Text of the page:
Toys are nerdy, that’s true. Entire geek cultures have sprung up around Lego, collectible card games, Transformers and yes, My Little Pony. It’s surprising exactly how intense people can get over Nerf guns though.
If you’re unfamiliar, Nerf guns are a division of Hasbro who specialise in a variety of ranged weapons that fire rubber-tipped foam darts along with a variety of other non-harmful projectiles that are only a particular threat to breakable items in the area and friendships. Most injuries sustained are from diving for cover with too much enthusiasm, unfortunate shots to the eyes, or from non-standard projectiles like those with the hard plastic heads, or worse. They’re primarily designed for children, but as our aims improved, so did the desire for more. Some of the more recent models seem impossible for an eight-year-old to wield with any accuracy, but those of us in our twenties aren’t so concerned with them.
Ranging from one-shot pistols to belt-fed gatling guns, all the way to grenade launchers and thrown projectile dart-bombs, the nerf range is more than just a little comprehensive on its own, without extending your reach into the competitors market. Most dart guns can be loaded with suction-cup darts that stick to flat surfaces, and whistlers to add an edge of terror. Some nerf ranges even dispense spinning discs or foam balls, increasing the possibilities yet further, not even touching upon the super-soaker range, or the nerf swords!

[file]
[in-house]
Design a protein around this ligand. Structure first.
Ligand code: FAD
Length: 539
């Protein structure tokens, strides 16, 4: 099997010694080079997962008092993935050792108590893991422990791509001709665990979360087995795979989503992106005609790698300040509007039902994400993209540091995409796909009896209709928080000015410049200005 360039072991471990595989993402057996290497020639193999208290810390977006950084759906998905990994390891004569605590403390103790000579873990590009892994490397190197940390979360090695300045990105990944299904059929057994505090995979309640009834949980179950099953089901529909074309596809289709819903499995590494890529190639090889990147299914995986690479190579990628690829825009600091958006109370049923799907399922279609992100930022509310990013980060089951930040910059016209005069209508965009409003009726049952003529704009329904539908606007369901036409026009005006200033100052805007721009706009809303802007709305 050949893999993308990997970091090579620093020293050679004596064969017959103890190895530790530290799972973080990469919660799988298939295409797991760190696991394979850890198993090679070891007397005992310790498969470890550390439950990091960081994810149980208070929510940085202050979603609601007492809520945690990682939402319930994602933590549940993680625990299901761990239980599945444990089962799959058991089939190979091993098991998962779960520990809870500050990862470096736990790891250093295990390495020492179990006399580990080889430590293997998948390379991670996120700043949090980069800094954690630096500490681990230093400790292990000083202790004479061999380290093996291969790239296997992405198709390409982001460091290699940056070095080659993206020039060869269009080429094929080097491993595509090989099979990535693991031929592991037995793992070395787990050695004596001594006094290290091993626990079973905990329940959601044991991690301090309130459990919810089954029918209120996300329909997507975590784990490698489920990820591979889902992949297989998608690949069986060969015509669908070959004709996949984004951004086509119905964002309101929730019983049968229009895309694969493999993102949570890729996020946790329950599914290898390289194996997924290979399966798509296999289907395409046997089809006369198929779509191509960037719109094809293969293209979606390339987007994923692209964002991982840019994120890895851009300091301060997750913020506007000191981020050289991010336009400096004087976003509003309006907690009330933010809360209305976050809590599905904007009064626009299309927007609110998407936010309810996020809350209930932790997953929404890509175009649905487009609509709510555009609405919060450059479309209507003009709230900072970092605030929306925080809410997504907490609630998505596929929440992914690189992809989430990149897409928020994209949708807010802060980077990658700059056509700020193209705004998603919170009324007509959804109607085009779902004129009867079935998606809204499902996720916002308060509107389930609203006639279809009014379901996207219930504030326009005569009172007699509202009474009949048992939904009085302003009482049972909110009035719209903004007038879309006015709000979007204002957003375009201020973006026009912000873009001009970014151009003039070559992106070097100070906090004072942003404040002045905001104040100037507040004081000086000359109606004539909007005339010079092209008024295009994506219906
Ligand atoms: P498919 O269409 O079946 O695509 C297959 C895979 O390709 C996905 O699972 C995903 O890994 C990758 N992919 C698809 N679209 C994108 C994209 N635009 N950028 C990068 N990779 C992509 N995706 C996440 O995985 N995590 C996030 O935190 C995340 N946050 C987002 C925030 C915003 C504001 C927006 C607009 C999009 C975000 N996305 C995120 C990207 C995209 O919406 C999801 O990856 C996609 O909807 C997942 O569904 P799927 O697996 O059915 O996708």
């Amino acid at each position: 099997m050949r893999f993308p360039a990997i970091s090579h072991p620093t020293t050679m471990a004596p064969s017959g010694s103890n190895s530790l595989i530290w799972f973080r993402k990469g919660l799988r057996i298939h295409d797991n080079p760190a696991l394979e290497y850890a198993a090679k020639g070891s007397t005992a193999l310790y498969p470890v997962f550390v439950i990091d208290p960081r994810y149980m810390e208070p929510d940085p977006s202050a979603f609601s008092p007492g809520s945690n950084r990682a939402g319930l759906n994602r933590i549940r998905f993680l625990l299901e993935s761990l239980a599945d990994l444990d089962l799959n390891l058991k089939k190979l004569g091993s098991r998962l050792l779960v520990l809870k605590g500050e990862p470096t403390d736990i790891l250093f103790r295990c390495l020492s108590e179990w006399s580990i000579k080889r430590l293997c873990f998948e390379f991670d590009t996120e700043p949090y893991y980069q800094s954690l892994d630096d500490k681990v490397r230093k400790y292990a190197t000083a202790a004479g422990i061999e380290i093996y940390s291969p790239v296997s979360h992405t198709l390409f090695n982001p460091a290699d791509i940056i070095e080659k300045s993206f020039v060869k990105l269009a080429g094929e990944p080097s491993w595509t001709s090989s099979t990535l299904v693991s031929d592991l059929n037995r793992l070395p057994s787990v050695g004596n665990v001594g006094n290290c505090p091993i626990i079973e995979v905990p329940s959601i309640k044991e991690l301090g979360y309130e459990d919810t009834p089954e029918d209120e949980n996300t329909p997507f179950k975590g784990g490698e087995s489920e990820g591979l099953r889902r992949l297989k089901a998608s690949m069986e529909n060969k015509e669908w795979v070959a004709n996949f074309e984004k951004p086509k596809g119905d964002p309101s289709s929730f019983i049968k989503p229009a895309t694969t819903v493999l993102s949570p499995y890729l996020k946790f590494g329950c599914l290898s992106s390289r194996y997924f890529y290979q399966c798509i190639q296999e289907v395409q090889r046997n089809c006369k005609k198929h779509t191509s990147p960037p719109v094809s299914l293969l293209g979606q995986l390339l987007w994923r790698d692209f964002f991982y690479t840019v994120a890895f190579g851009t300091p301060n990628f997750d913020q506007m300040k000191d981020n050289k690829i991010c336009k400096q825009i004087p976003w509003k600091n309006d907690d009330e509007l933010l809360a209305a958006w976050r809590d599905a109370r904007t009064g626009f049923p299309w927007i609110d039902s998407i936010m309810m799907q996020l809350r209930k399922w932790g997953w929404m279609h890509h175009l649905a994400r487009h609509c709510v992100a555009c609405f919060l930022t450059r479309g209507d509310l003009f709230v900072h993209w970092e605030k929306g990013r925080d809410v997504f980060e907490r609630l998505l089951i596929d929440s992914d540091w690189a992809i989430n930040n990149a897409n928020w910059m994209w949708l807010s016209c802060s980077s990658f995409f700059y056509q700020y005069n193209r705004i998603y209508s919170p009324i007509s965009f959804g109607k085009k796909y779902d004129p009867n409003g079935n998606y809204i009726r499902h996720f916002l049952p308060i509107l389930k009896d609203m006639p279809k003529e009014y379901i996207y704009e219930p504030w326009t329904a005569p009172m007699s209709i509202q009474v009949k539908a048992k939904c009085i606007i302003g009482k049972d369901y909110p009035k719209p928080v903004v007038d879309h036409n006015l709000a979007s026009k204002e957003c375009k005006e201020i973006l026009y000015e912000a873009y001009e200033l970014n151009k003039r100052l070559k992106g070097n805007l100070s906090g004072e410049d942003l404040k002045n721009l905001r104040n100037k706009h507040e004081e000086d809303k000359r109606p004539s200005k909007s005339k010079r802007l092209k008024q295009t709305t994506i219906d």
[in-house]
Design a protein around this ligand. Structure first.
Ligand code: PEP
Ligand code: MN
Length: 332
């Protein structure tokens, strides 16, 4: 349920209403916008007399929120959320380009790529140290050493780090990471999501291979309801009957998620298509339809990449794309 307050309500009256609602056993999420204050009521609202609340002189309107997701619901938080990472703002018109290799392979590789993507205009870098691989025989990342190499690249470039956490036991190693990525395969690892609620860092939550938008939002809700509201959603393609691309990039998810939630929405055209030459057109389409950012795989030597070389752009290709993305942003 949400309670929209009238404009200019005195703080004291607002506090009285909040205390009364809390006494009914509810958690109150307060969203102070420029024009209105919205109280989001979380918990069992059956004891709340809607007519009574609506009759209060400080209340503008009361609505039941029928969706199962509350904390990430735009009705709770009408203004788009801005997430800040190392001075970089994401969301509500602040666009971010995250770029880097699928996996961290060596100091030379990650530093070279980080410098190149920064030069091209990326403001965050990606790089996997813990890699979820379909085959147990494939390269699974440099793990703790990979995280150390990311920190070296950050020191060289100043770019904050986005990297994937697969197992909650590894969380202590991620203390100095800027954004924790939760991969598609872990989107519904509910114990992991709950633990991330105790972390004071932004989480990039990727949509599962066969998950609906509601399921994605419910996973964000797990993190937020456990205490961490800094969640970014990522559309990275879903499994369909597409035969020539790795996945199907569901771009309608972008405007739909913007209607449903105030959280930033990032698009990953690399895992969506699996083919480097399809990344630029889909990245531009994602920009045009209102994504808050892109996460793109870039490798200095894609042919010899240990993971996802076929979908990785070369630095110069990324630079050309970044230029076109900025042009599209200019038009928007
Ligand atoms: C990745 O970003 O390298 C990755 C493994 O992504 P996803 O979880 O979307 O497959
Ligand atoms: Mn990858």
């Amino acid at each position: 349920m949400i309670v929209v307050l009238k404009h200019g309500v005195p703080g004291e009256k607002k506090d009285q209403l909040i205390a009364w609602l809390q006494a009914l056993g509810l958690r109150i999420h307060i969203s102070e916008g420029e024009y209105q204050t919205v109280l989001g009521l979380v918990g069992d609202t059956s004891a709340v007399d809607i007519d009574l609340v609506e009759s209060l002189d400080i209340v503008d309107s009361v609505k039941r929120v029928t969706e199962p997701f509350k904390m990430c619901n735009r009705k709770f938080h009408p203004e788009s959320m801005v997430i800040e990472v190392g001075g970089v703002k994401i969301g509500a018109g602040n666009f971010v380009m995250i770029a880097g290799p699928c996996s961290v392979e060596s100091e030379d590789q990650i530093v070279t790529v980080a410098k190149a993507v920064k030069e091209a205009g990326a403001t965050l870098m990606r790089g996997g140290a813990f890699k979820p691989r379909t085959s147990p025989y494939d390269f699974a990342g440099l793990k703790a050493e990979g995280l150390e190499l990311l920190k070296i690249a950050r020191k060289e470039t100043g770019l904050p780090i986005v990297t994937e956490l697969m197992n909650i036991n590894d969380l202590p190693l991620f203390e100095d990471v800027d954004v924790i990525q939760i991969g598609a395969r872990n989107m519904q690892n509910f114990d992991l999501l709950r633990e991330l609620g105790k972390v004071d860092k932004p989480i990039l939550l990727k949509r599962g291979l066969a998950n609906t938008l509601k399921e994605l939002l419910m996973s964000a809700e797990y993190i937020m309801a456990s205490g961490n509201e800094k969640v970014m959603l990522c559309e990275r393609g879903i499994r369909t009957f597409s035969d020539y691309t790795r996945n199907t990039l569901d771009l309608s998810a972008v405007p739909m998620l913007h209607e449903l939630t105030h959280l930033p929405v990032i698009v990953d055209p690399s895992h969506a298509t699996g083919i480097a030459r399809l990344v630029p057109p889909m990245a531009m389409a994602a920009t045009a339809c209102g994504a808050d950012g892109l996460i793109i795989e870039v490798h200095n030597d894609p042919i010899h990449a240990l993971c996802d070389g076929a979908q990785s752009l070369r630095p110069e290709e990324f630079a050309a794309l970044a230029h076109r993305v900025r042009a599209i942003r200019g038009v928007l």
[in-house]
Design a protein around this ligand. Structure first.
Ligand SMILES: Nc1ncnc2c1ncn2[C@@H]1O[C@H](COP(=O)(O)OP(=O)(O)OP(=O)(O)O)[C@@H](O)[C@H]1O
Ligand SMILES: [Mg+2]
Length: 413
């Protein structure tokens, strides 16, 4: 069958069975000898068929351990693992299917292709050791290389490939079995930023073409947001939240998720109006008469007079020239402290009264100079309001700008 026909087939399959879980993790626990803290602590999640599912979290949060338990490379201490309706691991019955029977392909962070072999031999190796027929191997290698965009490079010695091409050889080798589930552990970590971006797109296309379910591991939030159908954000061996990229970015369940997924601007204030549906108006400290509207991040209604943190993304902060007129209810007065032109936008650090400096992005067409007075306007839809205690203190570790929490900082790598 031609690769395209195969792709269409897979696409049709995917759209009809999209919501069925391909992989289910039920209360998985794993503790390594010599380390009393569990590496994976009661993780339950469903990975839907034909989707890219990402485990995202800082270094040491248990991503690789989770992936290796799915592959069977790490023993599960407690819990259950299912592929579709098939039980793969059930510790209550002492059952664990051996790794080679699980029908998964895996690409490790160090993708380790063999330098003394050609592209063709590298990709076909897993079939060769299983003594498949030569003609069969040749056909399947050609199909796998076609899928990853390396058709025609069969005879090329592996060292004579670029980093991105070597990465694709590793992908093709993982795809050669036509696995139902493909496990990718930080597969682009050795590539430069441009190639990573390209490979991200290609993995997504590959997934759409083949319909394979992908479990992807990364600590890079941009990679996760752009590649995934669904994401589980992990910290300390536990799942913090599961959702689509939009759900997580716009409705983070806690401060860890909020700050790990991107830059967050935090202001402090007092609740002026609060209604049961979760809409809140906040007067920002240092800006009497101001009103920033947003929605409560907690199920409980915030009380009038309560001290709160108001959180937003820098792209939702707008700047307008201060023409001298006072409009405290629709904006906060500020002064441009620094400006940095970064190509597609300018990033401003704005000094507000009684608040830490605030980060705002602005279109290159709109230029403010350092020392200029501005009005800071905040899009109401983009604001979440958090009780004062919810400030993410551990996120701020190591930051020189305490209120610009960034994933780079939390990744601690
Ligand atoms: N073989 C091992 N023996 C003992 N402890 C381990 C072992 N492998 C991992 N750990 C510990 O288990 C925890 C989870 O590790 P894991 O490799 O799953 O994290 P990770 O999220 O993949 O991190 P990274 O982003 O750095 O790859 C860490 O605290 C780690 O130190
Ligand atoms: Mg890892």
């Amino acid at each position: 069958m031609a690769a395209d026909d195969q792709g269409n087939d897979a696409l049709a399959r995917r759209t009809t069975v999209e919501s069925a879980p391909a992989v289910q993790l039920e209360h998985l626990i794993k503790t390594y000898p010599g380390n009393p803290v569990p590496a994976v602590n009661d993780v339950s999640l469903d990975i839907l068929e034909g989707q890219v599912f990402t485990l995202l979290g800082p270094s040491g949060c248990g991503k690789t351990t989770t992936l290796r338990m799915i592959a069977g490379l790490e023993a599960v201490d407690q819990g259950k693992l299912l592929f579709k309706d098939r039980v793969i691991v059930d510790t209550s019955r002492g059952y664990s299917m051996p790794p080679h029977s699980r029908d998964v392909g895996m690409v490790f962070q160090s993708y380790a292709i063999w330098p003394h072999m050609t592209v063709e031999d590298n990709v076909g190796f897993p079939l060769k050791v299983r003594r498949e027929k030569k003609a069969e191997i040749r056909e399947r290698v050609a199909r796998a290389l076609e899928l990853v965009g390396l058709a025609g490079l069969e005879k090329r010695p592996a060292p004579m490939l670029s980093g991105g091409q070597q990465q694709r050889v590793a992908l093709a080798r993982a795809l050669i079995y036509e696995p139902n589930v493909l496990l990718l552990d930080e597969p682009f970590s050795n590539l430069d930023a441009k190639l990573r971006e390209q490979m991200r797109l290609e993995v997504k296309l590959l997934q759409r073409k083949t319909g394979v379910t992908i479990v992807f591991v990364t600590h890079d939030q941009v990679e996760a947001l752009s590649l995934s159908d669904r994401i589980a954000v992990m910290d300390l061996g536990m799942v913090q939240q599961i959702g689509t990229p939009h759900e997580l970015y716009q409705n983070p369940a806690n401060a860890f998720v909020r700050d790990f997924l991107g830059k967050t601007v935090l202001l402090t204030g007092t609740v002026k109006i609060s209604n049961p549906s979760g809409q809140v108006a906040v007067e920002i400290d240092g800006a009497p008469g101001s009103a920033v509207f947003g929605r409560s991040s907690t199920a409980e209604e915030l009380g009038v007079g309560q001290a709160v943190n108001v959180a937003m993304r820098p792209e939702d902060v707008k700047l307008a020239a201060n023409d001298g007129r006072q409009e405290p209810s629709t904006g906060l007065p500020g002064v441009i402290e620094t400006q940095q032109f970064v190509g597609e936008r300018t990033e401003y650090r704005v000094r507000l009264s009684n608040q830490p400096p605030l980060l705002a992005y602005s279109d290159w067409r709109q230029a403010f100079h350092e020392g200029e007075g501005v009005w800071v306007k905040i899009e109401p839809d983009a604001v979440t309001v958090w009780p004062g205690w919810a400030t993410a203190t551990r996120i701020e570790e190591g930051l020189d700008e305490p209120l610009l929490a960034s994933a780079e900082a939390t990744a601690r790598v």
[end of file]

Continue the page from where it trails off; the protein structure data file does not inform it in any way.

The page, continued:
With the vast array of options it’s little wonder that these toy guns have such a dedicated customer group, who still buy the latest and improved guns. Dedicated forums test new guns and rate them against their collection based on accuracy, power, reloading speed, ease of use and the like. If you’re looking at what to invest in, you can do far worse than by checking out the opinions of the die hard fans first.
Nerf guns make excellent props for cosplay, working as a base to start from for many sci-fi or steampunk based cosplays. A simple paint-job can make a toy look surprisingly realistic, but enough tweaks, props, additions or even the odd removal, and you can create something dramatically different and completely convention safe. But those aren’t the only modifications that are common.
Being toy weapons, they are unsurprisingly subject to upgrades that make them far less toy-like and more into weapons of pain. Stronger springs, more powerful motors, barrel modifications and heavier darts can all build a vastly more powerful, accurate and painful nerf gun, and instructions are readily available. While many of these still keep the nerf guns safe (if more than a little excessive), but some people aren’t content with safe, and add harmful modifications. Nerf guns don’t kill people, lunatics with screwdrivers and compressed air kill people.
But despite the inherent danger of putting childrens toys in the hands of adults, they help bring the FPS out of the screen and into the living room, putting no more at risk than feelings and lamps. As someone who has only just begun his collection (a demolisher with all-too-necessary nose art for the rockets) I will be looking forward to owning some of this year’s new releases. It’s just one more thing for me to spend money on, but it’s better exercise than Magic: the Gathering.